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2017.10.DD - Coming Alive podcast - A conversation with Buckethead

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2017.10.DD - Coming Alive podcast - A conversation with Buckethead Empty 2017.10.DD - Coming Alive podcast - A conversation with Buckethead

Post by Blackstar on Sun Nov 25, 2018 12:46 pm



Coming Alive podcast wrote:If you're at all into the guitar (or were a Guns N' Roses fan), then chances are you know who Buckethead is. And if you've never heard of him, prepare to meet one of the most talented, generous, and soulful human beings around.
In this episode of Coming Alive, Barry talks to Buckethead, whose real name is Brian Carroll. In his first full-length interview ever (yes, it's really him!), Brian talks about:
- His Part X and how he uses the Tools to fight his fears
-  How he learned to focus on bringing his gifts to the world instead of worrying about what others think of him
- How some major life challenges—including the death of his parents, a back injury, and heart problems—have imbued his music with more feeling
- What it feels like to be in a flow state and how to enhance the creative process
- His biggest influences and sources of inspiration, including Barry, Bootsy Collins, Paul Gilbert, Shawn Lane, and Michael Jordan.

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TRANSCRIBED EXCERPTS VIA UG:
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During a recent appearance on the Coming Alive Podcast - which marked essentially his first public interview ever - Brian Patrick Carroll, aka Buckethead, talked about how his onstage persona and mask came to be, saying (transcribed by UG):

"It sort of happened... It wasn't something I really thought about. I was eating - it was actually a different chicken company, I don't really know what it was - I was eating it and I thought...

"I had that mask, kind of like Michael Myers [from 'Halloween'], it had a similar quality, but it wasn't exactly the same size.

"I just put it on my head and I looked in the mirror. And I was like 'That's Buckethead.' [Laughs] And then my friend went to school, he was going to college and he had video class and he filmed me.

"And I knew this guitar player, his name is Jim Gore. He really is the one I feel I owe a lot to. He encouraged me to do it, 'You should just go be Buckethead, go play!'

"Because I was always super scared to play, and I didn't really link that together, I just thought 'This is weird.' Like a horror movie guy. And when he saw it he was like 'You should just go for it!'

"I was like 'That would be cool.' Because I could do everything I liked doing as this character that I'm totally scared to death to do otherwise.

"And it applied to all the stuff I like, like Disneyland and martial arts and dancing, all that stuff I liked. I was like, 'I can't do it just like me.' It was a great way to get all the stuff out."

During the rest of the chat, Buckethead talked more about those fears he's had throughout life, saying:

"I have definitely fear stopping me. I definitely have been cowardly with a lot of things because I'm scared.

"And I think that that fear has just kept me kind of paralyzed for doing a lot of things like that I know that I should do. And I'm constantly trying to battle that.

"My goal really is to make an amusement park. I definitely think just trying to call people and develop relationships... I've had some tough times with business.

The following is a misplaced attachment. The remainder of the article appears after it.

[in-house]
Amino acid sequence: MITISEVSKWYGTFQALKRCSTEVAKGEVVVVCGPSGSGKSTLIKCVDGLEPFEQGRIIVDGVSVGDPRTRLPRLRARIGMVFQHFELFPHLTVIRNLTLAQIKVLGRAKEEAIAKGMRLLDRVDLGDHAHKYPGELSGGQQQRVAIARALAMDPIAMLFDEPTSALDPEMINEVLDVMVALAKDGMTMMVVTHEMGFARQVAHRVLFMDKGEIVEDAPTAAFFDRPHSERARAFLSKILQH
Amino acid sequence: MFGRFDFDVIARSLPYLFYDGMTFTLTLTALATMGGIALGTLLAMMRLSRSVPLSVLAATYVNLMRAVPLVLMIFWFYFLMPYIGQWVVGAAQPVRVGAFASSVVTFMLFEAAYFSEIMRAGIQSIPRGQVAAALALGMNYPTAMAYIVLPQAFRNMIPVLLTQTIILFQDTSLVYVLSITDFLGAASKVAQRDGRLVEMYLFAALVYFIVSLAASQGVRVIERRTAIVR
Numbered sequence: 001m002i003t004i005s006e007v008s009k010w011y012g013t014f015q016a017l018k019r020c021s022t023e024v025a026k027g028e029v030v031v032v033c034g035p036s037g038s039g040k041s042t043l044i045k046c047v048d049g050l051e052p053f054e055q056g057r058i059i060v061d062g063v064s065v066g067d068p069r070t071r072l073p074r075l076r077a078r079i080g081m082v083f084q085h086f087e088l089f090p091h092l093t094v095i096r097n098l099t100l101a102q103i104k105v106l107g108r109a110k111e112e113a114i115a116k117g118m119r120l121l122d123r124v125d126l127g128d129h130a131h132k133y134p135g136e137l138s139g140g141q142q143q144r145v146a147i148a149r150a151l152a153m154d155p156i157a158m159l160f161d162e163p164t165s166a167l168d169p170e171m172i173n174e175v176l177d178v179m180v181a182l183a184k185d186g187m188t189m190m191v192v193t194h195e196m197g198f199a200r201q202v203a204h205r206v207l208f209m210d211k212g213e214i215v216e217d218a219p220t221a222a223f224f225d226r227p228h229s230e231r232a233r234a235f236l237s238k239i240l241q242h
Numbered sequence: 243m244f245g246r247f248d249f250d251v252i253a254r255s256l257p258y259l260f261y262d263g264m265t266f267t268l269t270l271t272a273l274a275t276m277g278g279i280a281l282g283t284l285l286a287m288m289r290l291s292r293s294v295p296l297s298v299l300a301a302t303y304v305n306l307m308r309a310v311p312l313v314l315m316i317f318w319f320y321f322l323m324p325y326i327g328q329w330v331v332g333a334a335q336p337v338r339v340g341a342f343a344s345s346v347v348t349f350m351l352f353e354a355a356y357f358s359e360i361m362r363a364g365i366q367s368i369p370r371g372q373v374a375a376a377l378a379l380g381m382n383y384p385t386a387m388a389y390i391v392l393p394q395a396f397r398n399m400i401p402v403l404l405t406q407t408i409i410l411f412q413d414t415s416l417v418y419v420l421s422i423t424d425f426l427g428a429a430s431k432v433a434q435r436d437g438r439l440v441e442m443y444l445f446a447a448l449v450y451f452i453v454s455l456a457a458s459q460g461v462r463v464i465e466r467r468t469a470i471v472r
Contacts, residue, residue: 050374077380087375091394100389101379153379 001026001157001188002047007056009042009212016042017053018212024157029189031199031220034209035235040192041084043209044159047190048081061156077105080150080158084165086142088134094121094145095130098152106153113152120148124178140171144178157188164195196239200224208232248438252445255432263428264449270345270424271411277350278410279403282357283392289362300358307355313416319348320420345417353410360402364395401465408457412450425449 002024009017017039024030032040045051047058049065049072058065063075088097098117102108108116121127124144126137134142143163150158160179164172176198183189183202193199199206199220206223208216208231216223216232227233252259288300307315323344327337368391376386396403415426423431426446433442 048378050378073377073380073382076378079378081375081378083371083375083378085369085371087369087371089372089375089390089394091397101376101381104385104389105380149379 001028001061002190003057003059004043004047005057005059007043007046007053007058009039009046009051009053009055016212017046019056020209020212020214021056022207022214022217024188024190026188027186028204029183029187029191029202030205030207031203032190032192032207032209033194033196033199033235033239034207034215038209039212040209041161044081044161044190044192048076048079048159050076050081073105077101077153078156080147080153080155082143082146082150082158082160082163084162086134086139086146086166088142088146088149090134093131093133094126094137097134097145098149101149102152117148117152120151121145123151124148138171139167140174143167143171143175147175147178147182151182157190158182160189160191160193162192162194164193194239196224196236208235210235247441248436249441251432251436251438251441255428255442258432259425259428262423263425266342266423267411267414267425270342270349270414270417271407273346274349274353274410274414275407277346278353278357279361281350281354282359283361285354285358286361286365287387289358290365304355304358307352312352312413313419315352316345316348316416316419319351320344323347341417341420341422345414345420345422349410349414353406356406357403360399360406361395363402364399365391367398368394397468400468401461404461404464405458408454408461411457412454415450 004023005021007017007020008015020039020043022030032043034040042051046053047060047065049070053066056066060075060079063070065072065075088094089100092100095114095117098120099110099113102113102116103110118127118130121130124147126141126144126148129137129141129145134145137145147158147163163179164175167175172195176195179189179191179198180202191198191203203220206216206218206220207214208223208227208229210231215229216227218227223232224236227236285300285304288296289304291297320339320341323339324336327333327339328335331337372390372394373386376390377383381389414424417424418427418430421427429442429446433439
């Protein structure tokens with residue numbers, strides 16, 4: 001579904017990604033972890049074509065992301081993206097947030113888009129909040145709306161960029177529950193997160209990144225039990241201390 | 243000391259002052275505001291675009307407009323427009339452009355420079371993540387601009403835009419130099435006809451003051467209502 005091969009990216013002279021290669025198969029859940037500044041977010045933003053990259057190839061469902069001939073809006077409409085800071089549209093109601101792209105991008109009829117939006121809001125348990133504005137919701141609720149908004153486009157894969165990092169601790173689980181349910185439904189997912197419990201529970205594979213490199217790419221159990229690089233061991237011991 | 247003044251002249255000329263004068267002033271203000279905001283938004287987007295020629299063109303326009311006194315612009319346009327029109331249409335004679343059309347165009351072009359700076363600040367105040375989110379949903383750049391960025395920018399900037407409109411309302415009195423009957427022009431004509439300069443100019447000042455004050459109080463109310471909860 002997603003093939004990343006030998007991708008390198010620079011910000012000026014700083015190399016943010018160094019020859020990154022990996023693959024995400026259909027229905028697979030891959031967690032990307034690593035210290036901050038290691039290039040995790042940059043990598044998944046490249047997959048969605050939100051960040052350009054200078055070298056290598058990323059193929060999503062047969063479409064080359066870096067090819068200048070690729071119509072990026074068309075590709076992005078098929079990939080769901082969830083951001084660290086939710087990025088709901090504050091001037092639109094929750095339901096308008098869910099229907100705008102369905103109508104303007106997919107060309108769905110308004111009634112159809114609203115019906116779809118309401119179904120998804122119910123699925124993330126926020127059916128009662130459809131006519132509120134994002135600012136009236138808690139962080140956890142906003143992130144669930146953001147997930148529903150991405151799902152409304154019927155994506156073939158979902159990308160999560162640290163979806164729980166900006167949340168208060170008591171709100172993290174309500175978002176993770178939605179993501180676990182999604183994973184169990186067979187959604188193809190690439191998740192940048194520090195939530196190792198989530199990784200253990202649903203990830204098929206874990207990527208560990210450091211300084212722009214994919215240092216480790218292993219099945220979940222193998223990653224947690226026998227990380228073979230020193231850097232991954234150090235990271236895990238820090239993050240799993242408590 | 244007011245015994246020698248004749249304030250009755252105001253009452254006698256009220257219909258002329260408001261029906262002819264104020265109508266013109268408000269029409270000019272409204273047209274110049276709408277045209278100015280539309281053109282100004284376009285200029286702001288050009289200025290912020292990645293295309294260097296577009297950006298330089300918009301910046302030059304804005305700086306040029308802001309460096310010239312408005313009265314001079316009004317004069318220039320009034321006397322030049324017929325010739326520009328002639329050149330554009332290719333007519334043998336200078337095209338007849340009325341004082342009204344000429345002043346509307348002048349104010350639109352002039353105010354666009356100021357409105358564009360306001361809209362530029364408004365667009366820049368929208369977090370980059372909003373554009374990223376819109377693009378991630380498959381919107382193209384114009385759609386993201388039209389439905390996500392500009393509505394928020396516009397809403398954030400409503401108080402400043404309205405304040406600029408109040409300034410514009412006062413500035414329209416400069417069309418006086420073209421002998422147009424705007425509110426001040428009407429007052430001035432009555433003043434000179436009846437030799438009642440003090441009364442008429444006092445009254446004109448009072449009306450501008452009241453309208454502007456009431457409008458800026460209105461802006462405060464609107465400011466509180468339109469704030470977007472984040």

"It's like I know I'm gonna have to do... I'm gonna have to get it going. And even on a small scale it's harder to see me call anyone. So it's like how am I gonna make the part if I can't even call one person. But that's what I wanna do."

He further opened up during the chat, saying:

"I know I had such a good life and such a good childhood that I didn't experience a lot of stuff until more recently. It's definitely more intense for me now than it used to be. Especially if I just really immerse in it.

"My mom and my father passed away, so that's been really tough.

"I feel when I play like they're in the music, because they used to like when I played to them. I feel like a communication to them. I feel like it's gate to...

"It's hard to explain, but it's comforting. And it maybe reminds me of those times when I was with them and I played for them. That definitely changed things a lot. And then I hurt my back pretty bad, and that was another pretty scary thing at the time.

"I was in pain and I never got anything to get myself out of pain. But I knew that what caused it... On a deeper level I didn't really know it. I didn't sit and think about it, but I felt it like what caused this.

"You gotta unravel. And then I saw a shooting star and I was praying for guidance. 'What do I do? I can't move.' [Laughs] And then I kinda just dealt with it. And I found it.

"The greatest thing was, I found this book called 'Foundation.' I just went online and found the number of [the writer] Eric Goodman, and I called him and thanked him. [Laughs]

"Luckily he answered the phone. And immediately within the first 20 minutes of seeing him I felt stability again, through his exercises. And then his partner Peter Park also helped me so much.

"People go, 'Oh it's like yoga,' but it's really specific. I think he somehow figured out the way, for at least my situation, to straighten all the stuff there.

"I felt that gave me the confidence too, because I was always weak in that area, I just didn't know it. And that's been another thing, because I had a really horrible posture and I've been shy and tall. So it didn't go together really good. [Laughs]

"So that just forced me to stand up straight. It's incredible what I learned, and that's helped my playing a lot too. That has actually helped when I play classical, because the posture is so important. That actually helped my hands.